At one point, the band begins to play, coming to life in order to wish me a very happy birthday. I can’t help but smile, even if I’m getting a little distracted by the video panel displaying a cartoon version of what the band’s doing right in front of me.

I’ll admit, watching it makes me a little sad, kind of like when I first entered the building and realized how small everything is. It’s unfair, because I’m comparing it to when I was 10, and it all felt like an enormous, expansive jungle of arcade games and skytubes.

When I was a kid, Chuck E. Cheese felt like entering the future. But as an adult in the actual future, there’s something about the bright airiness of the white-wall minimalist remodel and the lack of random tchotchkes crowding the walls, taken down to make space for LED walls and large screens for graphic-intense games.

I understand why, of course, but it’s almost dystopian to see a horde of 7-year-old boys using a scannable electronic wrist card instead of a token to start a game. Or the ring of parents standing right behind me, who can only watch their toddlers dance on top of an interactive dance floor through the lens of an iPhone 15.

Photograph of Chuck E. Cheese dining room.

The dining room of many a millennial’s childhood.


But it’s the creak of Jasper’s swiveling head and the goofiness of Pasqually’s wiggling mustache that takes me back to that comfortable place, when I was a child whose only fear was of these incredibly sweet little robots.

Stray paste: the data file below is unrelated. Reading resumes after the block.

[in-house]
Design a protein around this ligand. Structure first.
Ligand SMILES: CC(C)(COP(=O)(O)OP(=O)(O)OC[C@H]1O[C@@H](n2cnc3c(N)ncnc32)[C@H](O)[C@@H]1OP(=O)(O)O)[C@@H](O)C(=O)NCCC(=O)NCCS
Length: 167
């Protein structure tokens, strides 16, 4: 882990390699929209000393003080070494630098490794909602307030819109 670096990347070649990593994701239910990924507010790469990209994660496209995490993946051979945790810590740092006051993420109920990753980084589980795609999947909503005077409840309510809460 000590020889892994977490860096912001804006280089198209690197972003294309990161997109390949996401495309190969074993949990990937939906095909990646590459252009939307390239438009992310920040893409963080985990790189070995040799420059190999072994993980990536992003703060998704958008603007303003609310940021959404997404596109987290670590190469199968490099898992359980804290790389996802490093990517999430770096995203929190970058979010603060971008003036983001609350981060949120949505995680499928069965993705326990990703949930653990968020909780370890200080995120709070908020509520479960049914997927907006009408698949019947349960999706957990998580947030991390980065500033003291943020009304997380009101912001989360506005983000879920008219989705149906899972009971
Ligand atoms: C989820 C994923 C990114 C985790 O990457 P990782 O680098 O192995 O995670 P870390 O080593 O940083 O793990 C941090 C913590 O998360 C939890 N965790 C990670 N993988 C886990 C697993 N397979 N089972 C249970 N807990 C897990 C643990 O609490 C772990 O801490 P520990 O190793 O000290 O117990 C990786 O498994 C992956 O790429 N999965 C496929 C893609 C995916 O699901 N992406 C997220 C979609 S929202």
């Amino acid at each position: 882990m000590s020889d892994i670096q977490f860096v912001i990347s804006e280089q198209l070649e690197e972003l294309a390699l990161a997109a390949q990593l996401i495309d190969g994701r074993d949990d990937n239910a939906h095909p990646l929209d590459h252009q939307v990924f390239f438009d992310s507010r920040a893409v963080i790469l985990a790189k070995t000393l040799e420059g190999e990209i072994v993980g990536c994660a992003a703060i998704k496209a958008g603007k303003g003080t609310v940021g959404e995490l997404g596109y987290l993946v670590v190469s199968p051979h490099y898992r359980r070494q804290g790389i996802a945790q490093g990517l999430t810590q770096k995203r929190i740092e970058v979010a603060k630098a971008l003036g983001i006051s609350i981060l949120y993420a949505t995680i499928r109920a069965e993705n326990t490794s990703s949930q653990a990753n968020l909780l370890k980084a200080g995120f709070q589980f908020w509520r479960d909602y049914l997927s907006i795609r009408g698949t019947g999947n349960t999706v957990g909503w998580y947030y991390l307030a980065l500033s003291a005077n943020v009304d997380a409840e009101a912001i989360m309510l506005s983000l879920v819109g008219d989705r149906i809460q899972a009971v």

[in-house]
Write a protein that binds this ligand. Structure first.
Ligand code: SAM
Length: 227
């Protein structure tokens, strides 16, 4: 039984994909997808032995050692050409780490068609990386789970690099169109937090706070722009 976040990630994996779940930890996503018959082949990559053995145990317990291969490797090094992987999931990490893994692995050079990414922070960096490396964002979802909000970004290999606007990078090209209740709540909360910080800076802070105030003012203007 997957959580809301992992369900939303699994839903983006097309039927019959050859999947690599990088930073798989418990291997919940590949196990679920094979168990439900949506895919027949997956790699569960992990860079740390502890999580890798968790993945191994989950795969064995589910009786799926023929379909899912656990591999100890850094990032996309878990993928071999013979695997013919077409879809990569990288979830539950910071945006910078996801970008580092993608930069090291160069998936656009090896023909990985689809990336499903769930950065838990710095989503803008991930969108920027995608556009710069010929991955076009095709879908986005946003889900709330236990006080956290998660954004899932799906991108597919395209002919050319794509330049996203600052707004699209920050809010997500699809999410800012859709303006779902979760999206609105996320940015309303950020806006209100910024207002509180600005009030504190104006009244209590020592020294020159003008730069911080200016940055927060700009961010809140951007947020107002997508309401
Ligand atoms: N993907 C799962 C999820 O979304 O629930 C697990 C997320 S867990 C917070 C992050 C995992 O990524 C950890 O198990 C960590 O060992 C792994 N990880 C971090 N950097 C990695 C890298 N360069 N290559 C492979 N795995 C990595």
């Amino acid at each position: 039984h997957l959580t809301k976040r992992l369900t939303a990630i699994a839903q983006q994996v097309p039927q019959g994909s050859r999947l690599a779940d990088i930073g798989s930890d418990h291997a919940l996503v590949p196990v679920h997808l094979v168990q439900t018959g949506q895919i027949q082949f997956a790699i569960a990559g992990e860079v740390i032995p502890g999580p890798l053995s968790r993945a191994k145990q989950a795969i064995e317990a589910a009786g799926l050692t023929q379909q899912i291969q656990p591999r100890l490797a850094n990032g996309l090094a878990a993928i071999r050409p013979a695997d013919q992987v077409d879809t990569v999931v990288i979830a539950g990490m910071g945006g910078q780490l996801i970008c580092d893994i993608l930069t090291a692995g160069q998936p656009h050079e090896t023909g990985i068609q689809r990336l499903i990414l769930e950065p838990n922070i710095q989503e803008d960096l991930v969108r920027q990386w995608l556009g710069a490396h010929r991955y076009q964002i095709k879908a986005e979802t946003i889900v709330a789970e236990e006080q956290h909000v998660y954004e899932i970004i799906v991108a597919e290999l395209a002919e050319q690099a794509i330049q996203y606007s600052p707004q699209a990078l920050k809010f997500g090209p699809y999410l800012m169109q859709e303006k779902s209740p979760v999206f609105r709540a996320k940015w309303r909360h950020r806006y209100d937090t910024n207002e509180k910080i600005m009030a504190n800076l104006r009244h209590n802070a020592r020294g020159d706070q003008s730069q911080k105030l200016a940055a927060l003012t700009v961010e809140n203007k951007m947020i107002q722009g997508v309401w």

In 1996, I never would have thought I would think of Mr. Munch’s Make Believe Band was anything but “terrifying,” let alone “familiar” and “calming.” Yet, here I was, on my hypocritical “old man yelling at cloud” type shit, despite having a sweet image of my dad, recording the show and my little brother dancing with an employee wearing a Chuck E. Cheese suit.

Suddenly, a door opens to reveal Chuck E. in the flesh, walking out to his animatronic self performing “The Chuck E. Strut.” He stops in the middle of the interactive dance floor, swinging his arms back-and-forth and getting a group of fascinated toddlers to dance with him. The smallest one begins twirling around at some point, but her chubby little ankles cause her to trip just as the show comes to an end. Chuck E. catches her, and she giggles. I feel a little emotional as I watch the curtain fall.